These are among the most common of the non electric vacuum cleaners. Some people believe this style of cleaner is from the 1800s. In actuality, the plunger vacuum made its appearance after 1900. There may be a few exceptions, but most of them were sold under a patent license that dates from December 26, 1911. They are normally long, slender cylinders that taper at the bottom of the machine with a nozzle connected at the end which contacts the floor. A plunger handle at the top of the cleaner is drawn upward with one hand, while the other hand stabilizes the machine. This action develops suction as air is drawn into the nozzle when the plunger seal moves up through the cleaner’s body. If you can visualize a hypodermic needle in action as a nurse draws a blood sample, you will notice that these machines work on the same principle. Dust was sucked into a small diameter tube where it entered the center of the body. After the dust fell to the side of the cleaner’s interior, it was trapped in the funnel shaped part of the machine. In addition, a cloth air filter, above the containment area, was incorporated into the design.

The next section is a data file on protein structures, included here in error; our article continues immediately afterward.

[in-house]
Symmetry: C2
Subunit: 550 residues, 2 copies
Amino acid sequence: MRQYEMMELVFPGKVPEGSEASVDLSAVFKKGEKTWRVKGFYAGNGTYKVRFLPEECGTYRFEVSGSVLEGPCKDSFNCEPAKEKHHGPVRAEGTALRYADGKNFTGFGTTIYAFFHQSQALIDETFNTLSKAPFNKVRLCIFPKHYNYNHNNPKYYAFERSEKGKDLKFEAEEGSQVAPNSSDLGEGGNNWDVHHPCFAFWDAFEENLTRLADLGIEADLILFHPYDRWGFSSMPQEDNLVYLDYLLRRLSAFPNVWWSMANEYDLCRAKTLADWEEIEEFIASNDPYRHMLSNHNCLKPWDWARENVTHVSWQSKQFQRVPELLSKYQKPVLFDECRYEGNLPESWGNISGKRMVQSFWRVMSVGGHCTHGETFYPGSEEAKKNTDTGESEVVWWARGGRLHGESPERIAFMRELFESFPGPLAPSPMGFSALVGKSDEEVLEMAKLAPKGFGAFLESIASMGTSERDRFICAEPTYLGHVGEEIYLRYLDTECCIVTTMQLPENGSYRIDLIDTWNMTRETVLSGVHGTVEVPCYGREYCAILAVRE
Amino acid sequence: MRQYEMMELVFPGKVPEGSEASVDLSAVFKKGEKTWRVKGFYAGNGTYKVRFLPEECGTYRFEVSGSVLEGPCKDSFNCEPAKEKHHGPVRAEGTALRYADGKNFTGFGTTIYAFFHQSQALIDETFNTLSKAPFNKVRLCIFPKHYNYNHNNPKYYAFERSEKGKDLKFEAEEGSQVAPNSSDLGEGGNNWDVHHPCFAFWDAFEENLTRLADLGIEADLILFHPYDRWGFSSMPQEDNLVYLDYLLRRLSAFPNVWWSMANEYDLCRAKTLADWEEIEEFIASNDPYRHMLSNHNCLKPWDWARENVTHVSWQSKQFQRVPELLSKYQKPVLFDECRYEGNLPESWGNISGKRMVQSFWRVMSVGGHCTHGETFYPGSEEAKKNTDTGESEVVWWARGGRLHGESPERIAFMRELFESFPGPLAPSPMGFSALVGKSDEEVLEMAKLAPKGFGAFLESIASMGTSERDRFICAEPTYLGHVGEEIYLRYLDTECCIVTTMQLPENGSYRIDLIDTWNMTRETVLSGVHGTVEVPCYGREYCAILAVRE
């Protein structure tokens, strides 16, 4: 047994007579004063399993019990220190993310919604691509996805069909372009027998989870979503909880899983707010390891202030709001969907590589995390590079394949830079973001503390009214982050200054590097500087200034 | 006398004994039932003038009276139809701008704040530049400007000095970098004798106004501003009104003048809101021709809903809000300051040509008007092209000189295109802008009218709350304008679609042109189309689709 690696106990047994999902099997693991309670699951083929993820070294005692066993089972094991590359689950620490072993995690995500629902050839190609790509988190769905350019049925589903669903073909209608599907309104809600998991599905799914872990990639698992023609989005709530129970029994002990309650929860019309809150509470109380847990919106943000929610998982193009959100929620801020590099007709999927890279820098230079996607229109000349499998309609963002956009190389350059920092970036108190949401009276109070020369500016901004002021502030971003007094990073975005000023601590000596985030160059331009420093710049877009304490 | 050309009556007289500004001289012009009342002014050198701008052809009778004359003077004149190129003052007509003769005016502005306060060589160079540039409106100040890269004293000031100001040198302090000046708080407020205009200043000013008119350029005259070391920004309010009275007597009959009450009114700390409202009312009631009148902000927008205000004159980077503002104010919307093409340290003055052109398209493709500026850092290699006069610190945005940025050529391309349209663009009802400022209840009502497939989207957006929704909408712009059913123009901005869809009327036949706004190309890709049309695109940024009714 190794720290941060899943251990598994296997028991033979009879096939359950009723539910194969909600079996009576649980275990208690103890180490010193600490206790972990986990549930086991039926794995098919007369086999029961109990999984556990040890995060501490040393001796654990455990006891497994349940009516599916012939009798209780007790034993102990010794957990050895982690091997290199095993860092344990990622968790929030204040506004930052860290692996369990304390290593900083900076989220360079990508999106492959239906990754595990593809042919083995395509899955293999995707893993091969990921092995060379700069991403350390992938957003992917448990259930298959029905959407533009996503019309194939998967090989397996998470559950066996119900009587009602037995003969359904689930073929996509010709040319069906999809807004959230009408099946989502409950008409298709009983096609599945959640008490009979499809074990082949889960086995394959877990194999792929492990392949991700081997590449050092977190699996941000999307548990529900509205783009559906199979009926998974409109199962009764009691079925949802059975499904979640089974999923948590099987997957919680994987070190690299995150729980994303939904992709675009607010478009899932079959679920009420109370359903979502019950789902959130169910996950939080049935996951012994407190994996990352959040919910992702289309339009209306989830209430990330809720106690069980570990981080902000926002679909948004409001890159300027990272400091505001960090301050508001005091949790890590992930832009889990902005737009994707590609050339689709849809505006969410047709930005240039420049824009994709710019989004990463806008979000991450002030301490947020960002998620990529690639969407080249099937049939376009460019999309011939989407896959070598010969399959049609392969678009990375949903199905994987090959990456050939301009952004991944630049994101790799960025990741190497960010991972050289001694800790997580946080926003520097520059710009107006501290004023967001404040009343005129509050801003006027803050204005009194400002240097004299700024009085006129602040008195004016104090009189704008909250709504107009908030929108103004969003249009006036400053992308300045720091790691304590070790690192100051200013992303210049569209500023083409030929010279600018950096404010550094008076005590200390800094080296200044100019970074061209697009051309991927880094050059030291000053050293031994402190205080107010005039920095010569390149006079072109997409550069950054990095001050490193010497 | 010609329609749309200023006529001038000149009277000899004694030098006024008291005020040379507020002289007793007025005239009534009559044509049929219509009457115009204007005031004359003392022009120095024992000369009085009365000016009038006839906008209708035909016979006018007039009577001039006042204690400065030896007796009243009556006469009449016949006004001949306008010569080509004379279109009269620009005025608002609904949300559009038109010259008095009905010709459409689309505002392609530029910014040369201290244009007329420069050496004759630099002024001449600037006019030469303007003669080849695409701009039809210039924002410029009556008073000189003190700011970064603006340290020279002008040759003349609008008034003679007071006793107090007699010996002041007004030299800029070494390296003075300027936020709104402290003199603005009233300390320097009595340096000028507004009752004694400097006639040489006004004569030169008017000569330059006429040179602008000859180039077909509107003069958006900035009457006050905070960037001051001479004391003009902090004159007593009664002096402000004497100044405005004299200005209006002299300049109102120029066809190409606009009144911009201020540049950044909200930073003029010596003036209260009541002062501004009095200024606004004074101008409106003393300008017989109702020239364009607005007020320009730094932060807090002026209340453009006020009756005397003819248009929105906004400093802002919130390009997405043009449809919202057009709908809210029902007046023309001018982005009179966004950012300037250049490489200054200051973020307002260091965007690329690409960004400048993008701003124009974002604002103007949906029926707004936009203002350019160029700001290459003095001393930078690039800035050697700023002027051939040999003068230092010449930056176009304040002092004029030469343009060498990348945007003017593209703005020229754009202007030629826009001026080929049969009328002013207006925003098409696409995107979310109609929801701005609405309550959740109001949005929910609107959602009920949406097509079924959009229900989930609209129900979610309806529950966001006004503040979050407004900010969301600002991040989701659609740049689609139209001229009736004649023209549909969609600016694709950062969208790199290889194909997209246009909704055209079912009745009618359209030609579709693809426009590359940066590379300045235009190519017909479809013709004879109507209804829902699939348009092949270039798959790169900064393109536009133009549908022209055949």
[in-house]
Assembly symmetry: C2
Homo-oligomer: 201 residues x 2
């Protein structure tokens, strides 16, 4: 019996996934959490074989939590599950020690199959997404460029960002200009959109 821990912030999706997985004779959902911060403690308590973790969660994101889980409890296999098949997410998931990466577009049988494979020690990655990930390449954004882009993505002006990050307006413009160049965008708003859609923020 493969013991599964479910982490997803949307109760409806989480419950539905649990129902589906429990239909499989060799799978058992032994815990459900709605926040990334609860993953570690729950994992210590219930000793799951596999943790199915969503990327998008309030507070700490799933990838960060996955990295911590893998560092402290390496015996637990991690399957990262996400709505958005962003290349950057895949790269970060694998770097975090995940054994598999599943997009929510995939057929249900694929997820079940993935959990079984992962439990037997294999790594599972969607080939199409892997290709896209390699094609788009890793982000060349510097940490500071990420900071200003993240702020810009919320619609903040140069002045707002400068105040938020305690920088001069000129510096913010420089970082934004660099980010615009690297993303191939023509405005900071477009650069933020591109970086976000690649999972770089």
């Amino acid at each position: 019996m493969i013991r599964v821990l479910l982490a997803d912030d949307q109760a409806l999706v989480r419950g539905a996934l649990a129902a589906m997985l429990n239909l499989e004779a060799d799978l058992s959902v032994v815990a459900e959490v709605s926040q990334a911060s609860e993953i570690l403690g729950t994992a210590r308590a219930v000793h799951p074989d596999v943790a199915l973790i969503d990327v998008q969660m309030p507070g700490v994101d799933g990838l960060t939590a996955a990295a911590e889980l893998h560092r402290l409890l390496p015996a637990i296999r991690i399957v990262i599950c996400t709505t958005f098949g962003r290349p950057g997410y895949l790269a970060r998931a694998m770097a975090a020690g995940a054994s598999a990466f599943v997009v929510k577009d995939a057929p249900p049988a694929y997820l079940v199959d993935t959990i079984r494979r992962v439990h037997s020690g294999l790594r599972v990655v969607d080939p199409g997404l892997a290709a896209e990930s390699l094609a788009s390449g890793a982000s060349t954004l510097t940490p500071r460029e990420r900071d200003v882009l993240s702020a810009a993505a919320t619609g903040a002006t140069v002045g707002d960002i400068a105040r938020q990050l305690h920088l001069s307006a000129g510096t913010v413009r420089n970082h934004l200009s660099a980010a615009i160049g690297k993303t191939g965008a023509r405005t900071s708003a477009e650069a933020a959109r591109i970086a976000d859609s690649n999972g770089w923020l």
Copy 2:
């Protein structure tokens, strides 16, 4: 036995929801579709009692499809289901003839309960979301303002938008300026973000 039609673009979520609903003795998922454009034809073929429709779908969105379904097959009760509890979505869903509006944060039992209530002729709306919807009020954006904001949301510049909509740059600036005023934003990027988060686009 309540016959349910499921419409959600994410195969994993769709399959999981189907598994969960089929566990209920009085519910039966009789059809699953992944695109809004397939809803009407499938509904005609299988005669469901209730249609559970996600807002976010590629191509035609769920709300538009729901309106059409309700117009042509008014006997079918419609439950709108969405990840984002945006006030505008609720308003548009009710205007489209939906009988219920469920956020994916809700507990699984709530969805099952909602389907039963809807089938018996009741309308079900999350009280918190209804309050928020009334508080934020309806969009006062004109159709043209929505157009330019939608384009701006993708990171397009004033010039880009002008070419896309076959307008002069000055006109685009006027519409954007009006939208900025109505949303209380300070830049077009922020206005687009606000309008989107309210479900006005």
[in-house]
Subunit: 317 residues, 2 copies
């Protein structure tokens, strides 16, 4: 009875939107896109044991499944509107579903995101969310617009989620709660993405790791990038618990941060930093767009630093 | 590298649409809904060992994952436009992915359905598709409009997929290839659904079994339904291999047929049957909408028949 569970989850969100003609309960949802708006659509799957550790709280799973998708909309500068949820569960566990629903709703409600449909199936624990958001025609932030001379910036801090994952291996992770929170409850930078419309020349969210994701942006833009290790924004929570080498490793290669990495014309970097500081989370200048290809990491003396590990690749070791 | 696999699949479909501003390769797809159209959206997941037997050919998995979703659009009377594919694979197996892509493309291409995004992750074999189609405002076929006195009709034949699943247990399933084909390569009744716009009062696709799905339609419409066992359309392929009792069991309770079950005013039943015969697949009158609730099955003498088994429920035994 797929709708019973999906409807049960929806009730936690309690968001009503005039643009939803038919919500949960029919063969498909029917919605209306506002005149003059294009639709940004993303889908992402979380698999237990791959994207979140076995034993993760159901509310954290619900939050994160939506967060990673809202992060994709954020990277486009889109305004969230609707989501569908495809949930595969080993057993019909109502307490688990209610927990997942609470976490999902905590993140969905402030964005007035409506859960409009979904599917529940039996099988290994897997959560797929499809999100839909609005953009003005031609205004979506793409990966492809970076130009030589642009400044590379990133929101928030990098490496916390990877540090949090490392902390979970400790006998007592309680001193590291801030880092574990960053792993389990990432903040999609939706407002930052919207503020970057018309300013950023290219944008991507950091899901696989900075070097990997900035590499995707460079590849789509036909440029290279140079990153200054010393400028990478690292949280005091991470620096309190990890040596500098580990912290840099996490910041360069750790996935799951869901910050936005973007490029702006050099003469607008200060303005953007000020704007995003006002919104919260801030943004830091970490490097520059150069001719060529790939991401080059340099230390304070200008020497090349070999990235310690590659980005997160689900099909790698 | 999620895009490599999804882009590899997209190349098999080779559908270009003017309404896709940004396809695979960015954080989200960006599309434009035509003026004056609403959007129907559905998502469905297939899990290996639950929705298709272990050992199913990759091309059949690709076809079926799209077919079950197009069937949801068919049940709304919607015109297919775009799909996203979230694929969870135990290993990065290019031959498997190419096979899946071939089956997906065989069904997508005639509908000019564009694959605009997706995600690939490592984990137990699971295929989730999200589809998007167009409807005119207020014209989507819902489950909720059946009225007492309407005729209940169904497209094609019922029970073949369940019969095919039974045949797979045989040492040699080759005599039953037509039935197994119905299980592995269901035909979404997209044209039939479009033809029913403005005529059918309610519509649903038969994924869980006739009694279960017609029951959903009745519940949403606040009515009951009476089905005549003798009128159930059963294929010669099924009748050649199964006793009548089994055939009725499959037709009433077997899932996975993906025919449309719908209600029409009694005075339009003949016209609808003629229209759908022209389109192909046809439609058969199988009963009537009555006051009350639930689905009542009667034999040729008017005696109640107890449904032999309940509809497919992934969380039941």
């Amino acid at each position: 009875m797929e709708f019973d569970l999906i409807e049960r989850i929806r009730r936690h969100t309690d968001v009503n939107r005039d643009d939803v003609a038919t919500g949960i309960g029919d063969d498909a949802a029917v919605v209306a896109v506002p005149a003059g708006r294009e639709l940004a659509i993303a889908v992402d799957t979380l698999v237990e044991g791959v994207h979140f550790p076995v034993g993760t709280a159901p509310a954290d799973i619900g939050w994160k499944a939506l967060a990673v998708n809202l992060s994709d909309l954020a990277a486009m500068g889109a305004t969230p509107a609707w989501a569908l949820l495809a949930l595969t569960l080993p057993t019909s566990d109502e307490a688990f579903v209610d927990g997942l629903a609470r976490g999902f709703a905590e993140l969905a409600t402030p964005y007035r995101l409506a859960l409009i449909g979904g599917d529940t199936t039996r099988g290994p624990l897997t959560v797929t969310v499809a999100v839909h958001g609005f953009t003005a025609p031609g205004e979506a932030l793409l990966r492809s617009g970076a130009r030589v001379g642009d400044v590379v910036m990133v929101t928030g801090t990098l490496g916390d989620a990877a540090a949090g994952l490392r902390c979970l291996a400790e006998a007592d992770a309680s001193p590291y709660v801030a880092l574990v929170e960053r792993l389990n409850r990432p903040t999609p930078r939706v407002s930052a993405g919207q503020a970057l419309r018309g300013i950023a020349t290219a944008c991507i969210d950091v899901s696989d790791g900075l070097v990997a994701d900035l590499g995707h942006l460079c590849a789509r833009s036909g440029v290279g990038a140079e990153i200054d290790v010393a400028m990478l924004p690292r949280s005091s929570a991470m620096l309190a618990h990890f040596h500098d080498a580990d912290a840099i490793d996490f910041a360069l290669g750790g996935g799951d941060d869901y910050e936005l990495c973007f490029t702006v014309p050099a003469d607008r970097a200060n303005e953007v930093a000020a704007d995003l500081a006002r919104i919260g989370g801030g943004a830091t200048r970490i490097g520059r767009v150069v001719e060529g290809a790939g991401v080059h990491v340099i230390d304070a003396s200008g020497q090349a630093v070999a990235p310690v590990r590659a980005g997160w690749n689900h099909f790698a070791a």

Some hybrids existed as well. They may have used bellows, exterior dust collecting bags, or twin handles. None-the-less, they are still exciting to watch in action.
Made by the R. Armstrong Mfg. Company Cincinatti, Ohio The Allen: Manufactured by the Allen Company Chicago The New Home: Made by the R. Armstrong Mfg. Company, Cincinatti, Ohio. The Allen: Manufactured by the Allen Company Chicago
The placement of the valves allowed for vacuum to be produced during both the upward and downward movement of the plunger. The plunger style vacuum was the forerunner of the lightweight "stick-vacs" of today.
The JEM Manufactured by the Guarantee Sales Co., Chicago. The photos illustrate the inner parts of the plunger machine. They worked to a certain degree. Remember, they were designed to pick up dust and light dirt on very thin carpeting, oil cloth, or bare floors. Of course, they would not do an adaquate job on today’s thick flooring.
The main drawback of the early plunger machines was the fact that they only created suction on the upward stroke. The energy expended by the user to force the plunger down did not result in any cleaning action. As a result, the machines were effective only 50% of the operation time under optimum conditions.